News of the talks to revive the Great Whale hydro-electric project is taking Crees by surprise.

Few Cree officials or community members had heard of the hush-hush discussions until contacted by The Nation.

Crees we spoke to opposed the proposed project and worried about the effects on Cree trappers, hunters and fishers.

“It’s news to me,” said Nemaska Chief George Wapachee. “I’m not aware of it.”

“No, I never heard about that,” said another chief who requested anonymity. “It’s the first time I’m aware of it.”

“It’s news to us,” said Thomas Coon, president of the Cree Trappers’ Association. “We never heard about reviving that project.”

The idea of a 100-percent Cree-owned hydro-project on the Great Whale River was first proposed two years ago.

The proposal was made to Cree Construction president Steven Bearskin by AMEC Inc., a large Toronto-based engineering firm owned by British conglomerate AMEC pic.

AMEC Inc. has already worked on other dams, including Laforge-2, China’s controversial Three Gorges dam and Colombia’s equally controversial Urra dam.

An AMEC official asked The Nation not to print a story about the proposal because he said an agreement could be signed with Crees inside a month or two.

The proposal was to divert the Great Whale at its headwater. Lac Bienville, through a canal into the La Grande dam complex.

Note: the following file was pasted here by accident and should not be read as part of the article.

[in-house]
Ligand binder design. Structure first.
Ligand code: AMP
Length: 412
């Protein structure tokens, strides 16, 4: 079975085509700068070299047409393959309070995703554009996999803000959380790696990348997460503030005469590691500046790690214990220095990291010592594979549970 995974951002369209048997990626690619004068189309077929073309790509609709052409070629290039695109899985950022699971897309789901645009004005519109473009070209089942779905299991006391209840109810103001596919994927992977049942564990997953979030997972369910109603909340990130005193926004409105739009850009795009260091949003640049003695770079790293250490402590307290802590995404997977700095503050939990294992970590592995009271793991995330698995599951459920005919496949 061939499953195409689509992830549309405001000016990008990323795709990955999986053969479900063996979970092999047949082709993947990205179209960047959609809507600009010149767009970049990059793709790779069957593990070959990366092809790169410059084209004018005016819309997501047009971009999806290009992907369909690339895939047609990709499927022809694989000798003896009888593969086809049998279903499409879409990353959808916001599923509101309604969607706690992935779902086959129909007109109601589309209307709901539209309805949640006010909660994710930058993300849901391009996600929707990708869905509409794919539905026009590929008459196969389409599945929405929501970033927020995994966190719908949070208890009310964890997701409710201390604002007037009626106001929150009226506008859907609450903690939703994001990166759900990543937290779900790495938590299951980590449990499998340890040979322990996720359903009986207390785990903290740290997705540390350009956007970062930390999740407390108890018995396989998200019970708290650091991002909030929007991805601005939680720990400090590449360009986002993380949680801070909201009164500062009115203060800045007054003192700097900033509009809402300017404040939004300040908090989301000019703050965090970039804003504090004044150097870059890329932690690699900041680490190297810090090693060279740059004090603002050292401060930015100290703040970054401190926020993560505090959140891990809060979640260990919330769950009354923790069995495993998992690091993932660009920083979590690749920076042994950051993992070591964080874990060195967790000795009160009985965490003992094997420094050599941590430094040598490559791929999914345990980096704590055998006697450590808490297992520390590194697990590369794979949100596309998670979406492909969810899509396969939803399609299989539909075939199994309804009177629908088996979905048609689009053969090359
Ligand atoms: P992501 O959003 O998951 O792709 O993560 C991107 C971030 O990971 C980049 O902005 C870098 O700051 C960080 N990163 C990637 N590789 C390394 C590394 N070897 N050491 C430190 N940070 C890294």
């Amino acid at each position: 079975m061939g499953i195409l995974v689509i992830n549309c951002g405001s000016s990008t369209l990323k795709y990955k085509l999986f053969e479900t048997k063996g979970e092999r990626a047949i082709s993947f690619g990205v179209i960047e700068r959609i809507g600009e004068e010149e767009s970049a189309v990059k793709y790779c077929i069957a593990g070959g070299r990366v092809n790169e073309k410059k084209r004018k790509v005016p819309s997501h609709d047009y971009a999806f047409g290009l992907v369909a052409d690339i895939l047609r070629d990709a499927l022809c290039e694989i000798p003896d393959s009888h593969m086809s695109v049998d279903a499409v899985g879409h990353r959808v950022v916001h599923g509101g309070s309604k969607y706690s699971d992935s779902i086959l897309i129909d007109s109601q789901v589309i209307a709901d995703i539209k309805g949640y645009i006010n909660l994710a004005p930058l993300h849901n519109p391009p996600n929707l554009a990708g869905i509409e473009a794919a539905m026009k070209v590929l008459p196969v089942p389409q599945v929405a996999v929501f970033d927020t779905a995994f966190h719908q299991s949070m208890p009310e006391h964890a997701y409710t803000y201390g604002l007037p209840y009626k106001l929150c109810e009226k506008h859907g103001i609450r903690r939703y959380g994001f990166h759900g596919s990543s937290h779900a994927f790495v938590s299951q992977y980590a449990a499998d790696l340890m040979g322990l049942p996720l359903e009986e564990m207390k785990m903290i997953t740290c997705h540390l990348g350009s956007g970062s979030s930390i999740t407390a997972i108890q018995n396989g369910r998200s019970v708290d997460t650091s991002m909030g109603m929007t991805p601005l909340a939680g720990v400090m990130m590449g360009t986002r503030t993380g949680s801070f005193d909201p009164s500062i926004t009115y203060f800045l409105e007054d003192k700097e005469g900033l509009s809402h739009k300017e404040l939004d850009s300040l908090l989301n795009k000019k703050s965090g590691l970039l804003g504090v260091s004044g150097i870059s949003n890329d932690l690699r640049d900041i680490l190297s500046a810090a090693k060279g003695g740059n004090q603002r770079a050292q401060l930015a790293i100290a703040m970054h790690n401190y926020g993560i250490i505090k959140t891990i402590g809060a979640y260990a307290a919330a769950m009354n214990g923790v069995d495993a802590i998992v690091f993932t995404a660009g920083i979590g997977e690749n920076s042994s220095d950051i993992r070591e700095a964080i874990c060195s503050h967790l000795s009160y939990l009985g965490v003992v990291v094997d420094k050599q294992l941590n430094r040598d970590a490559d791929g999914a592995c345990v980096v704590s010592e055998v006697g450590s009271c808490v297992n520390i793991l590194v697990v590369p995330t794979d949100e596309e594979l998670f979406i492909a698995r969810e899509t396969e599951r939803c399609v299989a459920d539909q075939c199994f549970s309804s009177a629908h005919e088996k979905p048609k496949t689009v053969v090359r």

The chiefs and band councils of Chisasibi and Whapmagoostui have been secretively discussing the idea since last fall.

Under the proposal, Crees would be full owners once the debt is paid off.

This notion raised questions for the chief who requested anonymity.

“How long is that going to be? Three hundred years? We’ll probably all be dead by the time it’s paid off,” he said.

Whapmagoostui resident Robbie Dick, coordinator and advisor to the Cree Regional Elders’ Council, was one of the few people who had heard of the proposal. But he hasn’t heard much.

“My personal position is I’m against hydro-projects – even if I’m alone,” said Dick.

“It doesn’t matter who owns it. I don’t want to be part of it.”

Dick said the project would make it difficult for community members to navigate on the river, would hurt the drinking water supply, and damage animal and fish habitats.

He said AMEC officials came to Whapmagoostui last September to discuss the idea at a community meeting. But the meeting was held during goose break and many community members were in the bush. “There were hardly any people at the meeting,” he said.

The proposal was to be on the table at a community general meeting last week.

Thomas Coon agreed that trappers would have many concerns: “The Whapmagoostui trappers were very con-cerned about the (original Great Whale) project. I’m sure they are still very concerned.”